|No point at all.|
There’s two sides to that argument:
- 1) the child-hating one: pearls before swine, basically: they’re not good enough for your clever references;
- 2) the child-centred one: they won’t enjoy a passage with a reference they don’t recognise, just like you can’t enjoy a pastiche or parody of a film you haven’t seen, or a book you haven’t read.
I think it’s a huge shame that this antagonistic approach to intertextuality is so common, even among children’s book people; not just because it’s strangely anti-intellectual, but mostly because it’s premised on the notion that intertextual references, in order to function, have to be encountered after the ‘original’.
There’s an implicit chronology to our basic understanding of intertextuality, especially pastiche or parody: first the original, then the reference; that’s the way to do it. The same rule applies to everyone, but since children have, to put it simply, lived less long, and encountered fewer texts and cultural productions than adults, they’re particularly unlikely to understand most references to films, books, or works of art. This is especially of concern if the pastiched element is part of ‘adult’ culture and literature.
It’s obvious, though, that the intertextual game is much more erratic than that, and for everybody - not just children. Just a few days ago I was reading the slightly obscure 1884 French novel A Rebours, by J.-K. Huysmans. I was staggered when I found in it the gloriously synaesthetic description of a kind of organ which delivers, when played, different kinds of alcohol, forming symphonic cocktails. That description seemed to me to have fallen straight out of another French novel, this time an absolute classic - particularly among teenagers - Boris Vian’s 1947 Foam of the Days (L’écume des jours), which famously features a similar instrument, called a ‘pianocktail’. A quick Google search informed me that indeed, Vian had been inspired by Huysmans’s fictional instrument. The reference, I gather, would have been more obvious to a 1940s audience than to a Millennium one.
|someone made a real pianocktail #yolo|
Intertextual references that are ‘not immediately understood’ are not a big deal. It’s not as if you spend years wandering around in utter perplexity, feeling you’d missed out on something crucial, until you finally encounter the ‘key’ that you ‘should’ have had the first time around. You already find it funny and intriguing the first time around; or, quite simply you don’t notice it at all. In Asterix in Britain, everyone Asterix and Obelix meet speaks weirdly - in the original French, they keep saying ‘Je dis!’ before every sentence; and ‘n’est-il pas?’ after each clause.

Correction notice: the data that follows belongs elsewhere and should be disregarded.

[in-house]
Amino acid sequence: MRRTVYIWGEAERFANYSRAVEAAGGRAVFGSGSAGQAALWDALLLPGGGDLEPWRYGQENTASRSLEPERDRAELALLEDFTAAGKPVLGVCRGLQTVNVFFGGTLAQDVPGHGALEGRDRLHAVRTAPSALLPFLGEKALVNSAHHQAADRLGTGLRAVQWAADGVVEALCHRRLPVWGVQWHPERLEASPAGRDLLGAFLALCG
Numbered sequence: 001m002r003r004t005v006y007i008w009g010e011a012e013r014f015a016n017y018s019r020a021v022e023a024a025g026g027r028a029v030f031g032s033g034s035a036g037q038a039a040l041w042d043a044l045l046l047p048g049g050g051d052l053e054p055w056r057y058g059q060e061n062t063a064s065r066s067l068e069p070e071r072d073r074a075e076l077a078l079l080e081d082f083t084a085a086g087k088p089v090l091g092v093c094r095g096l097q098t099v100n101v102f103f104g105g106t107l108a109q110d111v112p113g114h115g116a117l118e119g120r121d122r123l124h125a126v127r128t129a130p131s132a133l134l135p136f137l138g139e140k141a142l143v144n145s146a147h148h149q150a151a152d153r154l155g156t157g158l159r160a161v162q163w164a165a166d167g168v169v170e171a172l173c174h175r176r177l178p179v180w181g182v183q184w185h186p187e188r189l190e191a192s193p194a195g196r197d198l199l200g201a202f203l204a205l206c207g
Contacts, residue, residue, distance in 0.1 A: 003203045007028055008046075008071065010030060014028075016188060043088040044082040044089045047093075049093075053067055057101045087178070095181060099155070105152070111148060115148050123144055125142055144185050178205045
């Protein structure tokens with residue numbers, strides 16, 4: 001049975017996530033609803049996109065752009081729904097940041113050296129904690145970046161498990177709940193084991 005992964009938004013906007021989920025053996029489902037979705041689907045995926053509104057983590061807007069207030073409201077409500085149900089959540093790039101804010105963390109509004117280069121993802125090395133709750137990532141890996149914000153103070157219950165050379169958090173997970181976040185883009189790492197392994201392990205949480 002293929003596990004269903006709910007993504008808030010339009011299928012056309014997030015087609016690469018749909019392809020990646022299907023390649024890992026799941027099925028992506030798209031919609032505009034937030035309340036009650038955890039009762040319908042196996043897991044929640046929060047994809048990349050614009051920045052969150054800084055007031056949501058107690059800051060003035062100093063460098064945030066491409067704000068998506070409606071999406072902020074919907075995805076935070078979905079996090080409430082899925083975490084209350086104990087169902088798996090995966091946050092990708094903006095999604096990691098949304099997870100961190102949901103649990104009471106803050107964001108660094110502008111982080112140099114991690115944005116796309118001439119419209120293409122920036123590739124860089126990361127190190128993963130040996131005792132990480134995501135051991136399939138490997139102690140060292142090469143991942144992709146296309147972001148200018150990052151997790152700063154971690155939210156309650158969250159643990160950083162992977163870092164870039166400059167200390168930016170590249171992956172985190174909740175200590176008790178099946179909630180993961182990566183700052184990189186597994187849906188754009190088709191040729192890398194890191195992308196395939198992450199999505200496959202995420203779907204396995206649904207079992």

At the time, I thought it was hilarious, because it was so weird and seemed to correspond so well to this odd tribe of red-haired hot-water-drinkers. It’s only much later, in English class, that the revelation hit me: Goscinny and Uderzo were directly translating into French ‘I say!’ and ‘Isn’t it?’. I couldn’t stop giggling. Joy.
My villain in The Royal Babysitters is called King Alaspooryorick. Some schools I go to have gone to great lengths to tell the children where this name comes from. Others haven’t. I like to think that one day, in high school, or at a theatre somewhere, some kids will giggle to themselves when they encounter the phrase for the ‘second’ time. And it’s not as if they’re not giggling now - it’s not as if I’m forcing them to save their giggles for later. Alaspooryorick is a ridiculous enough name to be already funny.
Let’s not be inflexible with chronology when it comes to intertextuality. The ‘wrong order’ is perhaps the best one. It’s not the joy of erudite recognition; the wink, the nod, the handshake between two adults above the head of the child. It’s exactly the opposite: it’s the joy of accidental recognition, in an unpredictable future - the joy of stumbling upon a distant memory, resurfacing in the middle of today’s serious activity - and triggering an unexpected, slightly nostalgic laugh.
Clementine Beauvais writes in French and English. She blogs here about children's literature and academia.